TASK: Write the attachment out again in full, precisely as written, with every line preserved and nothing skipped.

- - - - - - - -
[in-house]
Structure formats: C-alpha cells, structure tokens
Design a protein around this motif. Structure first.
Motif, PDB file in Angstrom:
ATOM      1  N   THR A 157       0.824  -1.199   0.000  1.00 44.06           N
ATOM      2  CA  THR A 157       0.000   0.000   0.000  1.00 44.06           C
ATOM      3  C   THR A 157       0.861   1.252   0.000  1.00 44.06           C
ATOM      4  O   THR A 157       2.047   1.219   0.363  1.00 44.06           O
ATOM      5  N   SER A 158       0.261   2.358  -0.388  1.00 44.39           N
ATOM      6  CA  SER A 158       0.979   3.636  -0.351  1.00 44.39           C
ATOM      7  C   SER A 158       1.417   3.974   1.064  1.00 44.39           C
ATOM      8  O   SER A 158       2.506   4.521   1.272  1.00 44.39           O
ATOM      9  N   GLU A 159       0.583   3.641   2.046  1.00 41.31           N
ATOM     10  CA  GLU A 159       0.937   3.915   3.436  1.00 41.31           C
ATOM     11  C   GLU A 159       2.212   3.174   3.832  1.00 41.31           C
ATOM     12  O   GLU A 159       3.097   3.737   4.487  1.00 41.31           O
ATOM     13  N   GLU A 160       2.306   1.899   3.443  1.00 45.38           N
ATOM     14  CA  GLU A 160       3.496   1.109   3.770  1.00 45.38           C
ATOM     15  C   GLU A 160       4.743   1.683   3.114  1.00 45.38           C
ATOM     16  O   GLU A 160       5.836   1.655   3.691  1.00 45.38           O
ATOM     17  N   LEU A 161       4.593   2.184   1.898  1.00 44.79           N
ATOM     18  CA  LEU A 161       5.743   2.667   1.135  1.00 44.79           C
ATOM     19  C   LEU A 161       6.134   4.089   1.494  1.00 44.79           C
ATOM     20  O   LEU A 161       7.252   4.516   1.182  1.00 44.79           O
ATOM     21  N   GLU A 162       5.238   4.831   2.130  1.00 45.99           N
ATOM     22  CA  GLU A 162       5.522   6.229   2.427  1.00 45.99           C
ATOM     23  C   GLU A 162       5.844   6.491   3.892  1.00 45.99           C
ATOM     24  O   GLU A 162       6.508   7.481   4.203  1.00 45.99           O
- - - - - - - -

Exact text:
[in-house]
Structure formats: C-alpha cells, structure tokens
Design a protein around this motif. Structure first.
Motif, PDB file in Angstrom:
ATOM      1  N   THR A 157       0.824  -1.199   0.000  1.00 44.06           N
ATOM      2  CA  THR A 157       0.000   0.000   0.000  1.00 44.06           C
ATOM      3  C   THR A 157       0.861   1.252   0.000  1.00 44.06           C
ATOM      4  O   THR A 157       2.047   1.219   0.363  1.00 44.06           O
ATOM      5  N   SER A 158       0.261   2.358  -0.388  1.00 44.39           N
ATOM      6  CA  SER A 158       0.979   3.636  -0.351  1.00 44.39           C
ATOM      7  C   SER A 158       1.417   3.974   1.064  1.00 44.39           C
ATOM      8  O   SER A 158       2.506   4.521   1.272  1.00 44.39           O
ATOM      9  N   GLU A 159       0.583   3.641   2.046  1.00 41.31           N
ATOM     10  CA  GLU A 159       0.937   3.915   3.436  1.00 41.31           C
ATOM     11  C   GLU A 159       2.212   3.174   3.832  1.00 41.31           C
ATOM     12  O   GLU A 159       3.097   3.737   4.487  1.00 41.31           O
ATOM     13  N   GLU A 160       2.306   1.899   3.443  1.00 45.38           N
ATOM     14  CA  GLU A 160       3.496   1.109   3.770  1.00 45.38           C
ATOM     15  C   GLU A 160       4.743   1.683   3.114  1.00 45.38           C
ATOM     16  O   GLU A 160       5.836   1.655   3.691  1.00 45.38           O
ATOM     17  N   LEU A 161       4.593   2.184   1.898  1.00 44.79           N
ATOM     18  CA  LEU A 161       5.743   2.667   1.135  1.00 44.79           C
ATOM     19  C   LEU A 161       6.134   4.089   1.494  1.00 44.79           C
ATOM     20  O   LEU A 161       7.252   4.516   1.182  1.00 44.79           O
ATOM     21  N   GLU A 162       5.238   4.831   2.130  1.00 45.99           N
ATOM     22  CA  GLU A 162       5.522   6.229   2.427  1.00 45.99           C
ATOM     23  C   GLU A 162       5.844   6.491   3.892  1.00 45.99           C
ATOM     24  O   GLU A 162       6.508   7.481   4.203  1.00 45.99           O